Libertarians support non-partisan redistricting

Press release from the Libertarian Party of North Carolina

RALEIGH (April 15) – Adding a plank supporting an independent, non-partisan redistricting process was one of the changes made to the platform at the Libertarian Party of North Carolina state convention held April 4-5 in Durham.

Libertarians also adopted a plank calling for proportional representation for the state legislature.

The new redistricting plank reads:

Voters should choose their legislators, not the other way around. We support a redistricting process conducted by an independent, non-partisan agency for all local, state, and federal electoral districts. The process should be open and transparent. It should involve significant public input with the opportunity for citizens to weigh in on proposed district maps.

Party registration, voting history data, and the incumbent’s place of residence should not be used to create the districts.

“The Republican and Democratic parties have shown by their past performances that they are more interested in preserving their political power and guaranteeing retention of their office holders than they are in bringing about truly representative government,” the committee said in its report.

The convention also adopted recommendations to revise the plank Democracy, changing the title to Ballot Access and adding a second plank Representative Government calling for “a proportional representation electoral system for the state legislature in order to better reflect the diversity of voter opinions.”

The Platform Committee’s first recommendation was to reappoint the committee and have it undertake a comprehensive review of the party platform.

At the executive committee meeting following the convention, former state party chair Barbara Howe was appointed to chair the platform committee and recruit members for the project. Party members interested in serving should contact Howe at barbarajhowe@gmail.com,

The revised Immigration plank calls for North Carolina officials to refuse to cooperate with or assist federal officials “in enforcing federal laws which infringe on the liberty of travel, residence, and employment” of any person.

The approved revision to the War on Drugs plank calls for the immediate legalization of marijuana production and use for medical and recreational purposes as a first step toward lifting all drug prohibitions.

Libertarians conduct first ever US Senate candidate forum

The Libertarian Party of North Carolina held its first ever U.S. Senate candidate forum April 5 during the annual state convention in Durham. Candidates Tim D’Annunzio of Raeford and Sean Haugh of Durham answered questions submitted by Libertarians from across the state. The forum was streamed live and moderated by Barry Smith, Carolina Journal associate editor.

Watch here.

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Putting LIBERTY in ACTION

Registration is now open for the 2014 Annual Convention of the Libertarian Party of North Carolina Join us in Durham April 4-5 at the Hilton Garden Inn, 4620 S. Miami Blvd.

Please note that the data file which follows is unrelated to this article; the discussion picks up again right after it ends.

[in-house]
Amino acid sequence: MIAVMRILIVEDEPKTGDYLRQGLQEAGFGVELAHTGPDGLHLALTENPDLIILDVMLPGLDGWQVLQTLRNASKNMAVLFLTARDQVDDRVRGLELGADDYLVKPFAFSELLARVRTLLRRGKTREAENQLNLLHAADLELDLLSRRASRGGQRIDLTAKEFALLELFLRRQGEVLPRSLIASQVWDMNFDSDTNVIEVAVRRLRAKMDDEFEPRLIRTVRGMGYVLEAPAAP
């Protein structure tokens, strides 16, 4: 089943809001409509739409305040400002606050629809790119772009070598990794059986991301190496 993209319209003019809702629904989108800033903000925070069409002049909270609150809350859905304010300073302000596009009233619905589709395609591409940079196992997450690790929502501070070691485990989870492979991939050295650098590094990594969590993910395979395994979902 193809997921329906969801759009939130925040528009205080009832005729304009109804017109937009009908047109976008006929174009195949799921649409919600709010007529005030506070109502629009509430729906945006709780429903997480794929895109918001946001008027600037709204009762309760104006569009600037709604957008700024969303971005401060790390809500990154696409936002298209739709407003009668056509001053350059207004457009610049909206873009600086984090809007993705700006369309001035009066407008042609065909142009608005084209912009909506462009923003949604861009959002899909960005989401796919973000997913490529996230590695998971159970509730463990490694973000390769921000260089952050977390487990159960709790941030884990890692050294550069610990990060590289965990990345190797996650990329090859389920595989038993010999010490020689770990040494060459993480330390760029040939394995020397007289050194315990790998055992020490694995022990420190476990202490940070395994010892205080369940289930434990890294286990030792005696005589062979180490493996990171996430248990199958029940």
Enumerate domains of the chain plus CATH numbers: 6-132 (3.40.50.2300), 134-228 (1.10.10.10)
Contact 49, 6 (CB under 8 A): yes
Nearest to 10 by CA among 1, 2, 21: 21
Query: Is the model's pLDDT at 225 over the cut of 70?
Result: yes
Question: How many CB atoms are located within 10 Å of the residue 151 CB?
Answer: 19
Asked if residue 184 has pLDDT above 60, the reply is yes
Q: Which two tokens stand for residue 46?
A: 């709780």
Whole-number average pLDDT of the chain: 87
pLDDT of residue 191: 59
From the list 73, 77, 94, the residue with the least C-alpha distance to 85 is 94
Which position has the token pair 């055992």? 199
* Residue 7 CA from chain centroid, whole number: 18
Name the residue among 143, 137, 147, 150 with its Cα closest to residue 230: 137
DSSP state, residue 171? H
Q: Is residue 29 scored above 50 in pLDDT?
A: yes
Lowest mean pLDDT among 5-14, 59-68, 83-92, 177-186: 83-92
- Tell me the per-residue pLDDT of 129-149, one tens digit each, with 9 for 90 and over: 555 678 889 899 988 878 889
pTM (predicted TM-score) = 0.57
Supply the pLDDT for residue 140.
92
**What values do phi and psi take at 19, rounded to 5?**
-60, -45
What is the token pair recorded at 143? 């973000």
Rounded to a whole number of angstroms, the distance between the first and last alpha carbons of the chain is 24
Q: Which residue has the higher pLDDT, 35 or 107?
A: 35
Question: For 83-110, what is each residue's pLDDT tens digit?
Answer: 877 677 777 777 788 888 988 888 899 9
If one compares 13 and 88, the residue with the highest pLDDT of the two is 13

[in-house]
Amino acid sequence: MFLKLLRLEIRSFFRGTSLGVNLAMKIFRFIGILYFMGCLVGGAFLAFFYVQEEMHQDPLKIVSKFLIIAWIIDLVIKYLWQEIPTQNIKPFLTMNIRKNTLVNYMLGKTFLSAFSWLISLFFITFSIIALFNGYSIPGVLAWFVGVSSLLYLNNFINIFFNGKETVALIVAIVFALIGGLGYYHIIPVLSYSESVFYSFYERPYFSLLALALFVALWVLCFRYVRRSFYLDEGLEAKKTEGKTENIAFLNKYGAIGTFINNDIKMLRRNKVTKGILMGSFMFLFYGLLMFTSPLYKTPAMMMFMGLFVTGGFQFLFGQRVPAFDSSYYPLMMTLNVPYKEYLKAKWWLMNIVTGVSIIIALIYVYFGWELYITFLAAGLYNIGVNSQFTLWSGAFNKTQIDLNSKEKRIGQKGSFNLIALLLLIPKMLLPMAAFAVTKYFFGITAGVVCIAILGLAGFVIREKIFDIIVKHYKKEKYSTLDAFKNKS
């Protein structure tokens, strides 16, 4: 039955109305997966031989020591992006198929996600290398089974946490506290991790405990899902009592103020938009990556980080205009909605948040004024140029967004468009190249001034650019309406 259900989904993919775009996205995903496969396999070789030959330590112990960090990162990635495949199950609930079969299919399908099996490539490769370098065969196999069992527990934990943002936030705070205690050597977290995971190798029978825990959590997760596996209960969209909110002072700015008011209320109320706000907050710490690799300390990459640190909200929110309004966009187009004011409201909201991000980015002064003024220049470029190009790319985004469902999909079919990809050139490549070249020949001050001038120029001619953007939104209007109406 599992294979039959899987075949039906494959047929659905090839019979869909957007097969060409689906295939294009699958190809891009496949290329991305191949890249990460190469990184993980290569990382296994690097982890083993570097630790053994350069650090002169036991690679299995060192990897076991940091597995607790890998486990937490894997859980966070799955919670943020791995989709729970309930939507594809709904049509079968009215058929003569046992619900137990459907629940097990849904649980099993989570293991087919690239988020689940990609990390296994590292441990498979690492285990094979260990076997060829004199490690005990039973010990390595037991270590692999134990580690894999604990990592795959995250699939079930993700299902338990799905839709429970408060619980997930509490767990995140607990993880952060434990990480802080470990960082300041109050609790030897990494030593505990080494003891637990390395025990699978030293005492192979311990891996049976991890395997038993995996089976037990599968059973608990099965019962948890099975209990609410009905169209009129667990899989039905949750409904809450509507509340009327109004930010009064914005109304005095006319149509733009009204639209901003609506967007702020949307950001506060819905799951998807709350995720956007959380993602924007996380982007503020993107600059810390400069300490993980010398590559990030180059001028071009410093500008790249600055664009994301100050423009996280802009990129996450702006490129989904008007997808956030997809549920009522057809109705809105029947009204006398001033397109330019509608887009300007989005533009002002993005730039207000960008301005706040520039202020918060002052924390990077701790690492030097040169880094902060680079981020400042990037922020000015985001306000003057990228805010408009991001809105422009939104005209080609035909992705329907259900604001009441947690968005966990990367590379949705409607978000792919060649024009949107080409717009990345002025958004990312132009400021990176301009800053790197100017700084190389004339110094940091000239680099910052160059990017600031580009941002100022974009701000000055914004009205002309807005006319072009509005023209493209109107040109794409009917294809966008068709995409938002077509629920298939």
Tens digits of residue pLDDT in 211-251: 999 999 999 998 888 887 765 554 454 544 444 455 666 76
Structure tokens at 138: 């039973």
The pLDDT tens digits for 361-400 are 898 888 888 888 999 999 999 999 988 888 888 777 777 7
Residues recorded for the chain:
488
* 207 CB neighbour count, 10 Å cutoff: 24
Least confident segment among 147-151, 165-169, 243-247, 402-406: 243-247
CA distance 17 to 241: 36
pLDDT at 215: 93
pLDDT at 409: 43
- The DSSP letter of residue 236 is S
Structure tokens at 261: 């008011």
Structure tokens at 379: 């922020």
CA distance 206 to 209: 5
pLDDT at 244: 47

This year, our emphasis will be on putting Liberty in Action, focusing on affiliate development and support for our Libertarian candidates. We’ll hear from some candidates during the convention sessions.

Don’t miss what promises to be an exciting event Saturday, the U.S. Senate Candidate Forum, featuring Tim D’Annunzio of Raeford and Sean Haugh of Durham, who are seeking the Libertarian nomination.

On May 6, D’Annunzio and Haugh will compete in only the second primary in LPNC history.

The primary business of the convention will be to review the party’s platform and to fill vacancies on the Executive Committee.

Arrive early on Friday and attend the Affiliate Support and Skills Workshops. Subjects will be Nation Builder, Speech Writing and Delivery, Meeting Process, Fund Raising, and Call Fire.

On Saturday at noon, join us for Lunch and Learn with Executive Director Brad Hessel. Brad will talk about start-up funding, LPNC voter data, social media tips, websites, State Board of Elections report filings, email mining and WakeLP’s Pyramid Outreach Project.

In addition to D’Annunzio and Haugh, our other Libertarian candidates in 2014 are: J. Wesley Casteen, U.S. House 7; P.H. Dawkins, state Senate 25; Paul Meinhart, state House 59; Eric Cable, state House 104; Shelby Mood, state House 117; Windy McKinney, Haywood County Commissioner; Jeremy Hussey, Randolph County Commissioner District 4, and; Ginny Godfrey and Richard Evey, both running for Burke County Commissioner.

We are Libertarians

Rodger Paxton, Libertarian Party of Arkansas secretary, explains why Libertarian candidates are inevitable asked the question, “Why are you running against a good Republican” or a “libertarian Republican.” The question derives from “a fundamental misunderstanding of what it means to be a Libertarian.”

Paxton says that Republicans and conservatives throw around words like “Republican-libertarian,” conservative libertarian,” and “constitutional libertarian” as if these word salads have some sort of meaning. “They do not,” he writes.

“A libertarian is someone who believes in the non-aggression principle, plain and simple …that no man may initiate force or fraud against another person or his property. This is also called ‘classically liberal’ in many circles and fits just as well as the word libertarian.